A Cadogan Hall thinned-down Messiah of bright hope from VOCES8, ECO, and high-profile soloists

United KingdomUnited Kingdom Handel, Messiah HWV 56 (shortened version): Carolyn Sampson (soprano), Iestyn Davies (countertenor), Andrew Staples (tenor), Matthew Brook (bass), VOCES8, English Chamber Orchestra / Nicholas Kraemer (director / harpsichord). Cadogan Hall, London, 11.12.2020. Streamed via Live from London Christmas (click here). (CC)

VOCES8’s Messiah at Cadogan Hall

Normally the VOCES8 Messiah involves 200 people squeezed into the VOCES8 Centre, with VOCES8 and Apollo5 and friends as performers. Here, in the larger stage of the Cadogan Hall (with a tremendous Christmas tree towering above the stage), we were treated to a performance of terrific spirit that was little short of revelatory. The thinned-down chorus – a mere eight, but what a dynamic range VOCES8 can boast! – meant that texture was always clear, a trait that extended to the orchestral contribution. Details that so often get lost shone; in a time of closing down and fear, this was a performance of bright hope.

This was a shortened Messiah, coming in at around one hour 25 minutes; it was performed twice in one day (singing an uncut Messiah twice would be possibly too much). The chosen trajectory works perfectly as a narrative included:

Part I: Scenes 1 (Isaiah’s Prophesy of Salvation), 3 (The prophesy of Christ’s birth) and 4 (The annunciation to the shepherds), plus Scene 5, ‘Rejoice greatly’

Part II (slightly re-ordered): ‘He was despised’; ‘All they that see Him’; ‘He trusted in God’; ‘Thy rebuke’; ‘Behold, and see if there be any sorrow’; ‘He was cut off’; ‘But thou didst not leave His soul’; ‘The Lord gave the word’; ‘How beautiful are the feet’; ‘Why do the nations?’; ‘Let us break their bonds’; ‘He that dwelleth’; ‘Hallelujah’

Part III:  Scene 1 (The Promise of Eternal Life), 2 (The Day of Judgement) and 4 (The Acclamation of the Messiah).

Yes, we miss ‘His Yoke is Easy’, ‘All we like sheep’, and more; but the fact was this felt like a logical, and most importantly, satisfying, whole.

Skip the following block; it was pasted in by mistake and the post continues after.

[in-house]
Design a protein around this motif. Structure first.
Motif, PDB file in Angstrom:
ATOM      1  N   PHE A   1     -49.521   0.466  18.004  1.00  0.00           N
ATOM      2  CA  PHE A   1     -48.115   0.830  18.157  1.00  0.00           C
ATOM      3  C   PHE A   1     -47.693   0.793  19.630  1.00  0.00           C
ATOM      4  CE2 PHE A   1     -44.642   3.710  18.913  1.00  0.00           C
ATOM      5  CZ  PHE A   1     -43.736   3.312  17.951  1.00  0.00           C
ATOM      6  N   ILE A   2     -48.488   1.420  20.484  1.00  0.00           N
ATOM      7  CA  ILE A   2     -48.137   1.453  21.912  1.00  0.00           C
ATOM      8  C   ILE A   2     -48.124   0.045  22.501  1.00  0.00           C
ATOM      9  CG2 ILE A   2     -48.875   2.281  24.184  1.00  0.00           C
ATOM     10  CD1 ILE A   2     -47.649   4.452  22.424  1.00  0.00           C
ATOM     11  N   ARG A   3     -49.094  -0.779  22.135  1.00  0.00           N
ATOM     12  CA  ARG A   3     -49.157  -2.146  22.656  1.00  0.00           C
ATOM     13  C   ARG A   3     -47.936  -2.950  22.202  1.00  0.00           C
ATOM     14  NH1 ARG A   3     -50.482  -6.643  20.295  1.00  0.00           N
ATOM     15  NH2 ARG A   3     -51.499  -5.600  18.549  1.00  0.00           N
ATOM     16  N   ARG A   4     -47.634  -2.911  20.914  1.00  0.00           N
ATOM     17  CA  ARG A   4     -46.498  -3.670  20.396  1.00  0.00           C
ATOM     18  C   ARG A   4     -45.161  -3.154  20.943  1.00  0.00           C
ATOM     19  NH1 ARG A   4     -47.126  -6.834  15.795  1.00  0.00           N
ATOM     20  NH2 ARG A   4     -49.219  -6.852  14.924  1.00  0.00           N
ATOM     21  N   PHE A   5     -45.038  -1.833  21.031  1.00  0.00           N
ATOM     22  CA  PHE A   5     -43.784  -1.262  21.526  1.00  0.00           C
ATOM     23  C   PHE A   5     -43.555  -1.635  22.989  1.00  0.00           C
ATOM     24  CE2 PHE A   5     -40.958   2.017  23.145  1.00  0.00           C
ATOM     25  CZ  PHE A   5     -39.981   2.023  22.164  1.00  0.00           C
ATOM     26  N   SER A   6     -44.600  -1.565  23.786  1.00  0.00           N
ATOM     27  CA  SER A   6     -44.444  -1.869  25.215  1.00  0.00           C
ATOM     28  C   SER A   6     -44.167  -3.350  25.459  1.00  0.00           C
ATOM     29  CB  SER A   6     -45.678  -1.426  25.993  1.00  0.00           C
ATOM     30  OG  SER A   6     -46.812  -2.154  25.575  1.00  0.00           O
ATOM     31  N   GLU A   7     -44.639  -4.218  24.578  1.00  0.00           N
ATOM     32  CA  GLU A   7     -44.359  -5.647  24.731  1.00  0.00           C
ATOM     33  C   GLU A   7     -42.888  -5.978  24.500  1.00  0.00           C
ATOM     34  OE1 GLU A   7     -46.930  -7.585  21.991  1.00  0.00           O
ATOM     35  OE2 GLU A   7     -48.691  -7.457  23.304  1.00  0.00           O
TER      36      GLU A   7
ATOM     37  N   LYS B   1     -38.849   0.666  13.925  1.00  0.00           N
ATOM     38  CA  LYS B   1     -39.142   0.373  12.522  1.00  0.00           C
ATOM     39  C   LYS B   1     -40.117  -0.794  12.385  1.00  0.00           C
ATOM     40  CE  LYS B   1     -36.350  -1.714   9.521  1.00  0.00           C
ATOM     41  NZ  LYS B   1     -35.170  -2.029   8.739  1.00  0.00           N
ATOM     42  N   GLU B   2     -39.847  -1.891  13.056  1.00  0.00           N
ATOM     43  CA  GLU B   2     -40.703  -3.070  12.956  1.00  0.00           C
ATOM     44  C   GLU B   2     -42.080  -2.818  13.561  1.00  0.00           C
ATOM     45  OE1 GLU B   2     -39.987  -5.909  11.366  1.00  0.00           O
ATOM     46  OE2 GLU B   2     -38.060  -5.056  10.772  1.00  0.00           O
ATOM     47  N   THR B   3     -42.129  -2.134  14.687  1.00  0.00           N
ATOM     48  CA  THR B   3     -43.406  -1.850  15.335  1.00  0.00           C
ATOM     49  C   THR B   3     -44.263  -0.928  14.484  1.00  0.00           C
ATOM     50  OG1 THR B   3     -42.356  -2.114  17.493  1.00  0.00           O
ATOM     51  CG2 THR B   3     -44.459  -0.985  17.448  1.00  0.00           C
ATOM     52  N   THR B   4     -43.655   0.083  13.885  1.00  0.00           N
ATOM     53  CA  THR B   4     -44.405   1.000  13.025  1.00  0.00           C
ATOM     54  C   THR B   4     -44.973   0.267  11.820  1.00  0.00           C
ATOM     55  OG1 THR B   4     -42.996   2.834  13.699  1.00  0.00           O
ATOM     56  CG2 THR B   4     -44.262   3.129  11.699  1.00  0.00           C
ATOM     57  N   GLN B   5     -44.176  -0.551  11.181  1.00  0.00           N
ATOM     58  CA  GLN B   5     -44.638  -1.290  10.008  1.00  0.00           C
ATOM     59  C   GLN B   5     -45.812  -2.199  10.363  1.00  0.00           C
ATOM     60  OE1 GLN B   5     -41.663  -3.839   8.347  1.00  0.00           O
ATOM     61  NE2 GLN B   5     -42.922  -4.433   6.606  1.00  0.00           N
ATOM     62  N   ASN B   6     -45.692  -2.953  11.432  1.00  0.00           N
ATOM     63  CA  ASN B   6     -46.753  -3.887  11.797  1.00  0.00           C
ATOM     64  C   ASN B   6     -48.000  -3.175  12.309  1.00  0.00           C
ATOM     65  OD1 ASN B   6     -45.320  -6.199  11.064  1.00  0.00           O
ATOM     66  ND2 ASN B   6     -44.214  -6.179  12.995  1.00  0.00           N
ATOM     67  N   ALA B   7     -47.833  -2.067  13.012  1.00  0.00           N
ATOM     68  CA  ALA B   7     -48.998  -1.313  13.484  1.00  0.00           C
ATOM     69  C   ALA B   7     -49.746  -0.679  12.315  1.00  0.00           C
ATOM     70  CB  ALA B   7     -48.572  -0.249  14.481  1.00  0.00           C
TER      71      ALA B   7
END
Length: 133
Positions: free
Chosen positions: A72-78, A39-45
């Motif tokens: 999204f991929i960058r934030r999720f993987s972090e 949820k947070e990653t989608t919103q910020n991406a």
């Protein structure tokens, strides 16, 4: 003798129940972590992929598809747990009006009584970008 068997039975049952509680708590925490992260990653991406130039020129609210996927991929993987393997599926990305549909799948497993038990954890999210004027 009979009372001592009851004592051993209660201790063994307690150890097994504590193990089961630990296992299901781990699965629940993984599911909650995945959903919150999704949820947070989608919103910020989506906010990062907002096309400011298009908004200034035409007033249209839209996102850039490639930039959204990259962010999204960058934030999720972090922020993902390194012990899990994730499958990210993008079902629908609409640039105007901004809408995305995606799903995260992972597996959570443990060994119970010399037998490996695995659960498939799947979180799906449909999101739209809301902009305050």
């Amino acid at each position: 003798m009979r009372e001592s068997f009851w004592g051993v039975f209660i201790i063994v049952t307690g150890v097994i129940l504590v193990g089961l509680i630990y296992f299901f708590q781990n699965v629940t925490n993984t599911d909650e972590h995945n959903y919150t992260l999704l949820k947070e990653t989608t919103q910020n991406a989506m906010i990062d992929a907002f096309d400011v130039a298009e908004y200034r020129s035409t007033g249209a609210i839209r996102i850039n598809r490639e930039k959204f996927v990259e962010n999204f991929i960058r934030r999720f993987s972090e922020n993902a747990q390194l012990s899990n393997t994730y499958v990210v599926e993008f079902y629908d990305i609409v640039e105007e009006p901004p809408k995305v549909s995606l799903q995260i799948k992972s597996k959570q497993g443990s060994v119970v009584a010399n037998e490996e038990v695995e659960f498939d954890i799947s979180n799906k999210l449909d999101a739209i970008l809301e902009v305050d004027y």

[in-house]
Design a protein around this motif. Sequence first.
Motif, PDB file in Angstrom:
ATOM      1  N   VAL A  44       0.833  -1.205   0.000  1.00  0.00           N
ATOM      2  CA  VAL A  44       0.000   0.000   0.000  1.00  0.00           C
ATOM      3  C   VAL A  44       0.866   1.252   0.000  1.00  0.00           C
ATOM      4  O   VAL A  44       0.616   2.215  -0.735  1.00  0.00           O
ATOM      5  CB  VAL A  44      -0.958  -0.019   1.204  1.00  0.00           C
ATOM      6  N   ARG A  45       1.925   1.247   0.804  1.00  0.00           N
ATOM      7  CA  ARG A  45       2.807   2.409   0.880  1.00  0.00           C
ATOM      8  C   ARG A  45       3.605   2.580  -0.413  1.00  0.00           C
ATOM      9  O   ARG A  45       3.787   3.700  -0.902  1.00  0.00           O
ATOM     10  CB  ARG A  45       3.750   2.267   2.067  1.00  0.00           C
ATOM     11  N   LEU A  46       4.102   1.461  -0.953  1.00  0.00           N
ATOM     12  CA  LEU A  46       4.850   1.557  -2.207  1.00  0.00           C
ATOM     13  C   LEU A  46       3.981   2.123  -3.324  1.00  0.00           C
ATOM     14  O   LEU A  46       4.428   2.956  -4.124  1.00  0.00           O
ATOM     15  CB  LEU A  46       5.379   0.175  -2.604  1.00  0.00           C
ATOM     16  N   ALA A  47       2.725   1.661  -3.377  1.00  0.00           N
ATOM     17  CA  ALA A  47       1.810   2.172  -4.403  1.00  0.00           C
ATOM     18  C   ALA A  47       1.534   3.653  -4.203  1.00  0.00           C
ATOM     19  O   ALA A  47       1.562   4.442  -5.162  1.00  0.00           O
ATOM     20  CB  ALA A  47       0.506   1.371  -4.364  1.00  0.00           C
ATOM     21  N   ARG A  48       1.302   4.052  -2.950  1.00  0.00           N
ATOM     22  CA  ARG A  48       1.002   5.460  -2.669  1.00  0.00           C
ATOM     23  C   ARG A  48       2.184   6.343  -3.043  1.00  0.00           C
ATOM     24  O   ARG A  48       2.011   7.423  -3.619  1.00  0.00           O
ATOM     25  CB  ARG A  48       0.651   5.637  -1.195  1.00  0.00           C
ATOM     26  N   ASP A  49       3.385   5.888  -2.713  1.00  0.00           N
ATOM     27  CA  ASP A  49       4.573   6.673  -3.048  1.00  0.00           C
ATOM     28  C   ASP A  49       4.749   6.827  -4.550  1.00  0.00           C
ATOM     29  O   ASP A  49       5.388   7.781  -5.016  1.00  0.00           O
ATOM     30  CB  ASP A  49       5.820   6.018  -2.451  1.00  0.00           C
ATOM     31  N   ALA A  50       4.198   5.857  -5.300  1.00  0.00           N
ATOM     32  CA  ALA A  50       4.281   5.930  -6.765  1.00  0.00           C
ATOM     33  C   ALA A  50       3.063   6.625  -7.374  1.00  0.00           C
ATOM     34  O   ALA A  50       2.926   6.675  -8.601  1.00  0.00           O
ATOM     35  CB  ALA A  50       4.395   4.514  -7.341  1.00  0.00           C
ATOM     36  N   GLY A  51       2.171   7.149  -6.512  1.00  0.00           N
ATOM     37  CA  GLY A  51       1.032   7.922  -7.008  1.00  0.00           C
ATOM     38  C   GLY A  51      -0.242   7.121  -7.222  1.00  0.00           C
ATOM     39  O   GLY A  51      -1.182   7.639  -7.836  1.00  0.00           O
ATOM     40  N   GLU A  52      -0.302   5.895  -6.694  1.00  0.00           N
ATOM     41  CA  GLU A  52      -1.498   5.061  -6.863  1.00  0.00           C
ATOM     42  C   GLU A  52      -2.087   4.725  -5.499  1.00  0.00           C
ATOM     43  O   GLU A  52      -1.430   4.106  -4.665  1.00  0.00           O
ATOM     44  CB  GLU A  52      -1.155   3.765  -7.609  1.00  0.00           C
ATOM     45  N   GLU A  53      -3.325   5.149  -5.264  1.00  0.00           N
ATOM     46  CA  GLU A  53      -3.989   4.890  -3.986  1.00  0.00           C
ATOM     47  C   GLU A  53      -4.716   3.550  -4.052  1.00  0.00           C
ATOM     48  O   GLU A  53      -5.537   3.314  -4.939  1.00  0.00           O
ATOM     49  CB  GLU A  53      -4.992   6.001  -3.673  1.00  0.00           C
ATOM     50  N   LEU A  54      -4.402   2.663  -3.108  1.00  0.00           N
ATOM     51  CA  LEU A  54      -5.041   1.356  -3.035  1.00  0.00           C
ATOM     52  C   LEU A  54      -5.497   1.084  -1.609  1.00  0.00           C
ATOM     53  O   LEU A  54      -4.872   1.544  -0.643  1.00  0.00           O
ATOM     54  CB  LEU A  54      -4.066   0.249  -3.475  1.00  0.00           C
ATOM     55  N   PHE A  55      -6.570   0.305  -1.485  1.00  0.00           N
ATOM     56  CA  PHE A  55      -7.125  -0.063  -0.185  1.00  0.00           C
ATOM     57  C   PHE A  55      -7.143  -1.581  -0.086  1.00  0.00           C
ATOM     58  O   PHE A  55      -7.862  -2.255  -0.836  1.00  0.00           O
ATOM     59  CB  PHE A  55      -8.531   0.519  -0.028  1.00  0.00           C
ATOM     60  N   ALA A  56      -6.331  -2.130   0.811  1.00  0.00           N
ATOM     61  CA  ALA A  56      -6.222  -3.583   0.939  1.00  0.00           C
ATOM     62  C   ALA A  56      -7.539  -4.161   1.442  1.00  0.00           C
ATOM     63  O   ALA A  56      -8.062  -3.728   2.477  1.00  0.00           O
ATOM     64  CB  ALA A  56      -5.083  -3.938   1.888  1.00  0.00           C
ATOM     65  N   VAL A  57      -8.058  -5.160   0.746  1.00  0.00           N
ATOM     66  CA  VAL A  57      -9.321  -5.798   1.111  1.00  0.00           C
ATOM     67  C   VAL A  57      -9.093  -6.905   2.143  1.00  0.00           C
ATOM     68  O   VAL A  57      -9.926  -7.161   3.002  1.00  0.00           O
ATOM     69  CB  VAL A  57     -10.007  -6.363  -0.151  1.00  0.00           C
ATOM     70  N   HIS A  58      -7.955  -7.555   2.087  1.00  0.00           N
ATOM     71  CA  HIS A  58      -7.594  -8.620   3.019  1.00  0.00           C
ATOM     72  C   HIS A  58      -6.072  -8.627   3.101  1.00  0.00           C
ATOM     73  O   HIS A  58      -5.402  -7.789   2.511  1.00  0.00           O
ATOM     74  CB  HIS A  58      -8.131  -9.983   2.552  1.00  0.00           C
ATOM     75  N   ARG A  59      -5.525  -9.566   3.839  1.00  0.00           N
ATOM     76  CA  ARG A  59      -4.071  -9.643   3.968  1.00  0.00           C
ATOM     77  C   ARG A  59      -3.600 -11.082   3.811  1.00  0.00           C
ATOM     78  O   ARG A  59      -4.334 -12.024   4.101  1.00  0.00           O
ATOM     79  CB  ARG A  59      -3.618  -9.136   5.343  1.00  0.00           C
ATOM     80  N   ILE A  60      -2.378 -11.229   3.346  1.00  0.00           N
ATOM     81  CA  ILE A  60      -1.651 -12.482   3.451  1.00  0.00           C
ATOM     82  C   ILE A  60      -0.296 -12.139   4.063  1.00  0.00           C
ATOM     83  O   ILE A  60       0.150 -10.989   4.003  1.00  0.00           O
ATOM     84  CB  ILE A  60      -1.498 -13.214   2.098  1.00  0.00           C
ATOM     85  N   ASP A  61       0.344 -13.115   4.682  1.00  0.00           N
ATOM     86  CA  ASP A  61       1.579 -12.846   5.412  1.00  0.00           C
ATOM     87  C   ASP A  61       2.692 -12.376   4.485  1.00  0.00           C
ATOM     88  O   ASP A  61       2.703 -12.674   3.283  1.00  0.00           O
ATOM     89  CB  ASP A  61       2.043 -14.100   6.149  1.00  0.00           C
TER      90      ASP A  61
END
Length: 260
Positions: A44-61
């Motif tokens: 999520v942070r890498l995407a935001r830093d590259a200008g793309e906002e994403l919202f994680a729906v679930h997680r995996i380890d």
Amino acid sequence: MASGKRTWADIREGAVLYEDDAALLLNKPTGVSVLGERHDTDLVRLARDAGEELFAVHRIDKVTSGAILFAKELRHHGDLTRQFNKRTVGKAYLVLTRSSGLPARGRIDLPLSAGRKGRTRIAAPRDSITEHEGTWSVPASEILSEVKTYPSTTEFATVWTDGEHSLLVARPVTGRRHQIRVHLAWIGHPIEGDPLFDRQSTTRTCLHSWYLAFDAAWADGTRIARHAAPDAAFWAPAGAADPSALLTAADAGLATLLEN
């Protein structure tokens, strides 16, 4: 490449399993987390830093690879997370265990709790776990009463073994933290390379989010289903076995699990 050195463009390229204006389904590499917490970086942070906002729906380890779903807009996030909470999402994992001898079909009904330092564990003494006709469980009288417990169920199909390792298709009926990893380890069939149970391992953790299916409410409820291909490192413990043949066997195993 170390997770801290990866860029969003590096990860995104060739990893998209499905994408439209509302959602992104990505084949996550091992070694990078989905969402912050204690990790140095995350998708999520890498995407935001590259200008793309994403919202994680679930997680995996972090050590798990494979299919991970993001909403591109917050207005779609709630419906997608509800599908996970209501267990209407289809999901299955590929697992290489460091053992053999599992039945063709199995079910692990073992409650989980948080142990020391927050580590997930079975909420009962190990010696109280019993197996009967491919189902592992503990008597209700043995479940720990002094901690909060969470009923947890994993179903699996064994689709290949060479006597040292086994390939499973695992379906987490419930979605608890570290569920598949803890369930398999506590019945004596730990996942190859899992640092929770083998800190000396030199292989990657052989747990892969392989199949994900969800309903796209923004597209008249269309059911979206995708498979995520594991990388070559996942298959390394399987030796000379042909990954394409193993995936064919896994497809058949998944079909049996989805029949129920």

The English Chamber Orchestra (led by Stephanie Gonley) was on radiant form, perfectly attuned to Handel’s mode of utterance. From the start, this was to be a special performance. How tenderly the Sinfonia began, almost caressed into being; and what life the main body of the Sinfonia had. A deliberately light texture meant the strands were crystal clear.

Andrew Staples led with ‘Comfort ye,’ his vocal tone pure and beautiful, his decorations of the line perfectly judged, with conductor Nicholas Kraemer finding huge tenderness in the strings; ‘Ev’ry Valley’ was characterised by perfectly clean intervals (and incredibly impressive breath control – is there a pair of bellows attached to Staples we can’t see?).

The choruses, given the eight-strong nature here, have a sort of luminescent translucency: ‘And the glory of the Lord’ is a case in point, the final ‘And the mouth of the Lord hath spoken it’ exuding a sort of halo. A sprightly ‘For unto us a Child is born’ found sopranos absolutely together; those unison semiquavers had the sort of accuracy a larger choir can never achieve. And what a surprising strength came at the choruses ‘The Lord gave the word’ and ‘Let us break our bonds asunder’. The ‘Hallelujah’ chorus increases in radiance this way (people seemed to stand from what I could see, given that a couple of them got in the way of the camera).

Countertenor Iestyn Davies is another high-profile soloist: ‘O thou that tellest good tidings to Zion’ took on a perfect purity (he has the lower range strength too). Kraemer’s sprightly tempo allowed the slowing for ‘Behold your God’ to take full dramatic effect. The bass of Matthew Brook has great presence; veiled at ‘For behold, darkness shall cover the earth’; his octaves with the orchestra at ‘The people that walked in darkness’ held great import. Brook’s virtuosity in ‘Why do the nations rage so furiously together?’ was remarkable, true Handel singing at its finest (the diction expertly managed, too).

The so-called ‘Pifa,’ or Pastoral Symphony, had an open, raw rusticity; Kraemer knows exactly the sound he wants and how to get it. We had to wait until now to enjoy Carolyn Sampson, in her sequence of recitatives and accompagnatos (how exciting the second, ‘And suddenly there was an angel’ and the air ‘Rejoice greatly’. Lovely how she turned to watch the chorus for their contribution in this. They remained seated, the sound bejewelled by the two trumpets of Neil Brough and Paul Sharp; later, Andrew Staples did the same thing, turning towards the chorus for ‘He trusted in God’. Sampson’s voice flew, of clarion silver, in that ‘Rejoice greatly’, with not a touch of harshness. A great way to conclude the first part.

Part II began with ‘He was despised,’ Davies offering a perfect marriage of diction with line, the perfect carrier for this affecting sound painting of the Messiah as a ‘man of sorrows … acquainted with grief’, while it was Carolyn Sampson that positively illuminated the final part with an unforgettable ‘I know that my Redeemer liveth’. The final accolades have to go to VOCES8, though, carrying through an a ‘Worthy is the Lamb’ and ‘Amen’ that carried great gravity and grandeur. Notable how the chorus managed to maintain a sense of legato over rests in the ‘Amen’ closing passages.

And so, the audience stood for a second time in the night (some might arguably the second time was the justifiable one) to pay tribute to a performance of radiant joy in times of darkness. The power of music to console, uplift and above all heal was here in all its majesty.

Colin Clarke

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